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A common cause: working towards collaboration

11:16 EDT 28 Jul 2016 | The Kings Fund

The social care sector has been deeply saddened by the recent death of ADASS president Harold Bodmer. I didn’t know him well personally, but he seemed a warm and measured man who cared deeply about social work and the care sector more widely. He presented at our conference a couple of weeks ago, and something he said has really stuck with me. In response to a question about the often strained relationship between care providers and some social services directors, he said, ‘We have a common cause’.

He was reflecting on what I think is a step-change under way in the social care sector; the slow decline of combative relationships between commissioners and providers, and the emergence of a more collaborative culture across local systems. The Care Quality Commission recently published a fantastic report Building bridges, breaking barriers which describes the huge difference joint working can make to the lives of older people (also referred to in our own 2014 report) while recognising the progress still needed. It is clear that professionals have to work more closely together across divides of health and care, commissioner and provider, to understand the seemingly conflicting demands on organisations to do what is best for the people they support. The wellbeing of these people is ultimately the common goal.

Collaboration can be particularly difficult in social care. Intense financial pressures on both commissioners and providers over the past five years have stretched relationships to breaking point. The social care sector is fragmented; it does not have an identifiable brand like the NHS and it lacks the national and local infrastructure to drive a shared purpose. Providers can be reluctant to collaborate due to fears about staff poaching or losing a competitive edge in a period of radically reduced resources. This can mean care providers are side-lined, or only marginally consulted, when statutory organisations are responding to national initiatives.

However this ‘competitive’ behaviour is far from universal. Social care providers often collaborate in local forums, sharing good practice and working closely with commissioning teams. In some parts of the country, care homes are moving beyond a short-termism driven by fear of inspection and banding together to proactively improve quality. A great example of this is the Devon Care Kitemark, which provides the opportunity for care operators across the private and voluntary sector in Devon to exchange information and ideas, promoting best practice and supporting each other regardless of their status as ‘competitors’.

It’s essential that care providers are given the opportunity to engage with any local initiative to improve outcomes across health and care; where there is no established forum to engage with, statutory bodies should work proactively and in collaboration with local care providers to create one. This is especially important given the key role that providers play in the functioning of the wider health system. An example of this pivotal position is admission from care homes. Unnecessary A&E visits can put additional strain on hospitals, and unnecessary admissions can mean otherwise avoidable distress for residents. Care home residents aged over 75 are three times more likely to be admitted to hospital as an emergency than the rest of the population aged over 75.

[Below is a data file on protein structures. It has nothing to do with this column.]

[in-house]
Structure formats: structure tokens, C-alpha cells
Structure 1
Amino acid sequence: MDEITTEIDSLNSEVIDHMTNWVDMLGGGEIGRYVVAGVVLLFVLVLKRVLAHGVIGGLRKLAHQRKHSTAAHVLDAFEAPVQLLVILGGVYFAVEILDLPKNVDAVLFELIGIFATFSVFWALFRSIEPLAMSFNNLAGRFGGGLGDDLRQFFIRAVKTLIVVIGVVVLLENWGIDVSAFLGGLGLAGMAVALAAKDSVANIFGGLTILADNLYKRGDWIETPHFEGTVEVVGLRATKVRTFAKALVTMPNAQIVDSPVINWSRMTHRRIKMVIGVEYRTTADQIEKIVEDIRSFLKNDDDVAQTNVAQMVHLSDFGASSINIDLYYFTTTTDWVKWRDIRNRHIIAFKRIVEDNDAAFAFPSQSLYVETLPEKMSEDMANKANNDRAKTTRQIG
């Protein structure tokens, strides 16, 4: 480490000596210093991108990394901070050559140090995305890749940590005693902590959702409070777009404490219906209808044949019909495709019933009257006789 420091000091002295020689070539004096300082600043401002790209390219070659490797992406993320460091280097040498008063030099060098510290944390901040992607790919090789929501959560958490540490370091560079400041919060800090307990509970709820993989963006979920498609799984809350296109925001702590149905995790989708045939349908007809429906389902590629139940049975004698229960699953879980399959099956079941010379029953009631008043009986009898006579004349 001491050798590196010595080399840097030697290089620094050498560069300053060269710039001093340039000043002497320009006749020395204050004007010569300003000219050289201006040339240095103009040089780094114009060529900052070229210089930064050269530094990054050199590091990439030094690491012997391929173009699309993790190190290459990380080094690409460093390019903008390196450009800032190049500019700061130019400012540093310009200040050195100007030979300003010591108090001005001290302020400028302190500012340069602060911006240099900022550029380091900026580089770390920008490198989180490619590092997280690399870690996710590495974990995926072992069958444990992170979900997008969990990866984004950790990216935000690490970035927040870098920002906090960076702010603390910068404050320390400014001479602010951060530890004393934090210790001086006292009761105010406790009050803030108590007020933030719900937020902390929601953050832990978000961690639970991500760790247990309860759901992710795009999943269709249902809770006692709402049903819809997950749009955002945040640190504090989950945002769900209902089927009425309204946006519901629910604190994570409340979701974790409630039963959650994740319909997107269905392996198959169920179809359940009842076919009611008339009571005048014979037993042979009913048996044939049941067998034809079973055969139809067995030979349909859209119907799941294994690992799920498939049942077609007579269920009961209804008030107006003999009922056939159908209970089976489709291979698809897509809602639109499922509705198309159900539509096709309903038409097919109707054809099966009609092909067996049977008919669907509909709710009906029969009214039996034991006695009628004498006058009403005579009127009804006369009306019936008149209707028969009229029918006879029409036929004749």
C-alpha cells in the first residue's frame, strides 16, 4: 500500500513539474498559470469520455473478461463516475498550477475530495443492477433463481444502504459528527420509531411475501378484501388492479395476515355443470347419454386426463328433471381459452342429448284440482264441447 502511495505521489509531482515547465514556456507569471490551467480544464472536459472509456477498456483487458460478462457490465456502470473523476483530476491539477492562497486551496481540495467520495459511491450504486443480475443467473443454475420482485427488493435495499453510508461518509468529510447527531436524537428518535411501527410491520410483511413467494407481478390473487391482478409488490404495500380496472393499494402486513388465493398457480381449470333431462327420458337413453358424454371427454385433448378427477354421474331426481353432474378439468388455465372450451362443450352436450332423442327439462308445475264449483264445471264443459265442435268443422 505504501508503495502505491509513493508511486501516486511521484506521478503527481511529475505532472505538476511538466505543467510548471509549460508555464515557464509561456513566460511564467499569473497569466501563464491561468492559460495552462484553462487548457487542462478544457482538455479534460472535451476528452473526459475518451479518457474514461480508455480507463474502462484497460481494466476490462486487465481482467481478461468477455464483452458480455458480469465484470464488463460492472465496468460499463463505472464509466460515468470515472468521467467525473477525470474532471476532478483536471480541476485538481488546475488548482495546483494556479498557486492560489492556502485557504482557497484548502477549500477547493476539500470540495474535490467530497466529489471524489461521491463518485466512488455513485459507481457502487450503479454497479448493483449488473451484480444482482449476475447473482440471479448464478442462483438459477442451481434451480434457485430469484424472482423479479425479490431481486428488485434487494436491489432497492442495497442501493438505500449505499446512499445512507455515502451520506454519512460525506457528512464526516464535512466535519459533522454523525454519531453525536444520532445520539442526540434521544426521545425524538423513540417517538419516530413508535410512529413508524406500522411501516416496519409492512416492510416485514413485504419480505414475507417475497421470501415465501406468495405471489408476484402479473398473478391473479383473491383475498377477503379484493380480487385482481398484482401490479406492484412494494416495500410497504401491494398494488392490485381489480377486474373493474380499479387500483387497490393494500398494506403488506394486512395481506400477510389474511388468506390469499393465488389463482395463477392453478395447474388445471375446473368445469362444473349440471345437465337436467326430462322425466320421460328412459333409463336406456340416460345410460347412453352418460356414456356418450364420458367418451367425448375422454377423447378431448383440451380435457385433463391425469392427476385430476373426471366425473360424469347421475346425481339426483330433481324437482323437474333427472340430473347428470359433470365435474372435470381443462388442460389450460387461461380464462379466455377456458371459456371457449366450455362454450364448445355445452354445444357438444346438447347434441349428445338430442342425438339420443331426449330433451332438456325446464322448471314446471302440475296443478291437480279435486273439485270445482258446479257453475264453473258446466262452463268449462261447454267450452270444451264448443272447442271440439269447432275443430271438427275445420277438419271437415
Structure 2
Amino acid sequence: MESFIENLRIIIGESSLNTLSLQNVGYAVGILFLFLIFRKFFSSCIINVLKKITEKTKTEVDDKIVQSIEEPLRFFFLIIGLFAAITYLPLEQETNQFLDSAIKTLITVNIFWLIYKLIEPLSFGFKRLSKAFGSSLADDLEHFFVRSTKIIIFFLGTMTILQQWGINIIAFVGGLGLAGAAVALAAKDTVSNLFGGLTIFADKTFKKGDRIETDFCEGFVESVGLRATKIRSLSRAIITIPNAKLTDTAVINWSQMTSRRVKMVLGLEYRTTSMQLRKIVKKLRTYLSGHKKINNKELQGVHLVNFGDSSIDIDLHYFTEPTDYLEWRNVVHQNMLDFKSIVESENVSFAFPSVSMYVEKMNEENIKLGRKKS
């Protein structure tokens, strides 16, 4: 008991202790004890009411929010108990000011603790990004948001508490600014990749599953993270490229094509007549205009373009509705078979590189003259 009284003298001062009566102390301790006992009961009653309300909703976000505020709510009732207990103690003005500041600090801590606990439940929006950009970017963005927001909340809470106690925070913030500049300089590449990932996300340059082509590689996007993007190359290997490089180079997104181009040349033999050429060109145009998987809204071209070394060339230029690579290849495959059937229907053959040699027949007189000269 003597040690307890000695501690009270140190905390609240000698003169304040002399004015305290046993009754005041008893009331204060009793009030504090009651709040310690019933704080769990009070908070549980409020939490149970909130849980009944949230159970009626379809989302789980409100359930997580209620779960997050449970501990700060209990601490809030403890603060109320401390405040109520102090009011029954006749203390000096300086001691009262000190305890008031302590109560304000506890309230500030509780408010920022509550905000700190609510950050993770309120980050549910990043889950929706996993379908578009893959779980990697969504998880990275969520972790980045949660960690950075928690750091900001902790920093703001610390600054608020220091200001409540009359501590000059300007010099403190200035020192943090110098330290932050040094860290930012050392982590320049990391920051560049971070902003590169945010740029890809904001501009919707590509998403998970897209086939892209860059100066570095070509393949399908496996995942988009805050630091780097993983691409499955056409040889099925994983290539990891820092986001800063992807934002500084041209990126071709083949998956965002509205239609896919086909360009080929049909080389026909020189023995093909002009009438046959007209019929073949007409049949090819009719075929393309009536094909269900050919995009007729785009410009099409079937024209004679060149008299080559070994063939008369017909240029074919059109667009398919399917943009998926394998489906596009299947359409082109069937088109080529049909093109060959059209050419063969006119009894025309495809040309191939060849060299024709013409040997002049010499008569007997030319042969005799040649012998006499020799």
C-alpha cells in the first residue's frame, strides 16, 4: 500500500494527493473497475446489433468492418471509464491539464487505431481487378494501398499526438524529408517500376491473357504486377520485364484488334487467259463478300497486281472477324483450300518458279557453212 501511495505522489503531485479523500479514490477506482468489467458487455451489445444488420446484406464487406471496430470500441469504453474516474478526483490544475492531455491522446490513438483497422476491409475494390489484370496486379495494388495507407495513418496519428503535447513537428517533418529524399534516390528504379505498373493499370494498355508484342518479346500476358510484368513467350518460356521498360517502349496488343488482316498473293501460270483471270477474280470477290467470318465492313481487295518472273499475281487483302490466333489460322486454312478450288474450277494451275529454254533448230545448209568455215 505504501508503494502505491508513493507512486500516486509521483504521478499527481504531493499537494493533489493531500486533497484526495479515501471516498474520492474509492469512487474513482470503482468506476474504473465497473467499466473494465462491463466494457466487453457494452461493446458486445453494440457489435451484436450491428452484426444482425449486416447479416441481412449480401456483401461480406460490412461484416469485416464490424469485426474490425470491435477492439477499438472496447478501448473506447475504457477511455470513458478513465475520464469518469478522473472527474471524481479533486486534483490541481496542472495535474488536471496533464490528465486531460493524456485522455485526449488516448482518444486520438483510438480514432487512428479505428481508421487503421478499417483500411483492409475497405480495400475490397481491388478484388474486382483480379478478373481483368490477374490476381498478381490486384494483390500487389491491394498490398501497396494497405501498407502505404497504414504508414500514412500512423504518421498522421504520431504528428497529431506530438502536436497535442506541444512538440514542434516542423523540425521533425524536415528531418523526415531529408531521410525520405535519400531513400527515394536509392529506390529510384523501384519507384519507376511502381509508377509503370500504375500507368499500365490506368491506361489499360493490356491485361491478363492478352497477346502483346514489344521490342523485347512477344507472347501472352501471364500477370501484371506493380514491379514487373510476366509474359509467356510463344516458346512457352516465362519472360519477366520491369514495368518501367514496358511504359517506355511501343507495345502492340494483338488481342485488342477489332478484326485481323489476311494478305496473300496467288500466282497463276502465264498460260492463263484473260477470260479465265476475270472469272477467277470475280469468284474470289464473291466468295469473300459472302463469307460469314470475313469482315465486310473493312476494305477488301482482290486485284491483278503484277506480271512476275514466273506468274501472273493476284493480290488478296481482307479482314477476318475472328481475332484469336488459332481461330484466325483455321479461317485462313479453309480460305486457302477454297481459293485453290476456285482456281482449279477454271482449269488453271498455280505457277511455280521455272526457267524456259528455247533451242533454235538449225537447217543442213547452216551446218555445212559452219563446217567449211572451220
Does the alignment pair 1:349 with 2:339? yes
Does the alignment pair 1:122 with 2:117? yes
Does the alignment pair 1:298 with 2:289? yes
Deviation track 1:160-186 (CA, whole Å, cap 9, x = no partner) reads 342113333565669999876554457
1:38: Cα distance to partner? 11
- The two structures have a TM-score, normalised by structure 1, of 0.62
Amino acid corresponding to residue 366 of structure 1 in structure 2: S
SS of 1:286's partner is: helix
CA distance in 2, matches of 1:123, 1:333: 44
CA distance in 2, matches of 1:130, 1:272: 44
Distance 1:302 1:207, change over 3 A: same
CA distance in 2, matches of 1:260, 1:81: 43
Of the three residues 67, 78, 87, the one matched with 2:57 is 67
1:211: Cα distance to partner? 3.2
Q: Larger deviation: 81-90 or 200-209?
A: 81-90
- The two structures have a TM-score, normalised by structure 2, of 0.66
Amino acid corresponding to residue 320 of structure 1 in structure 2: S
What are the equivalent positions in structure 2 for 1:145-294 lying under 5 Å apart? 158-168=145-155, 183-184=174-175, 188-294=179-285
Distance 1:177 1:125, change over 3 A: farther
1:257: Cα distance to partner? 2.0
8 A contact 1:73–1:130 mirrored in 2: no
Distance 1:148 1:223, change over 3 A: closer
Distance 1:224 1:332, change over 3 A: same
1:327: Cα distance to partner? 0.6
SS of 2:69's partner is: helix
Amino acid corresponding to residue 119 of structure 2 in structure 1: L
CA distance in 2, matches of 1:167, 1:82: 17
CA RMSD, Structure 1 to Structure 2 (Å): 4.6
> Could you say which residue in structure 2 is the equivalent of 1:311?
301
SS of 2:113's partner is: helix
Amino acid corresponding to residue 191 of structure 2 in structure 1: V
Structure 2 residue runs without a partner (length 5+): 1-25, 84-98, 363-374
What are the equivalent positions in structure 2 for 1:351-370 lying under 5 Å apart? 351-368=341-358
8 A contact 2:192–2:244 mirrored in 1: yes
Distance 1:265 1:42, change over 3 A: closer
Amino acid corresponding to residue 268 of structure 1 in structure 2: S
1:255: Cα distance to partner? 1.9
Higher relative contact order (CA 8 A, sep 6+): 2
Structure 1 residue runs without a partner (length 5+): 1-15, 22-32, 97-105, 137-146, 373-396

We also know that care home residents can experience variable access to health services, often resulting in wider costs to the NHS. This has been recognised in the NHS five year forward view, and the Enhanced health in care homes vanguards are making important steps towards joining up health, care and rehabilitation services.

Here at The King’s Fund we are contributing to this vital area of improvement in partnership with long-established leaders in care home improvement My Home Life. We’ve set up a learning network for care homes to learn, develop and collaborate – with each other and with NHS and local authority commissioners – across six localities, with a view to building a more joined-up culture. We are currently in the process of seeking to recruit teams of stakeholders to discuss improvement in care homes and their role in wider systems improvement – and we’re keen to hear from those who are developing innovative partnerships.

In the fragmented social care system, NHS and local government commissioners along with providers across the statutory, voluntary and independent sectors should actively seek out opportunities to collaborate. This can be in the form of iterative contracting approaches, inclusive provider forums or collectively developed strategies and plans. But ultimately, it means prioritising the development of relational skills among leaders across the system, so they are able to work around short-term organisational issues and focus on their common cause.

Original Article: A common cause: working towards collaboration

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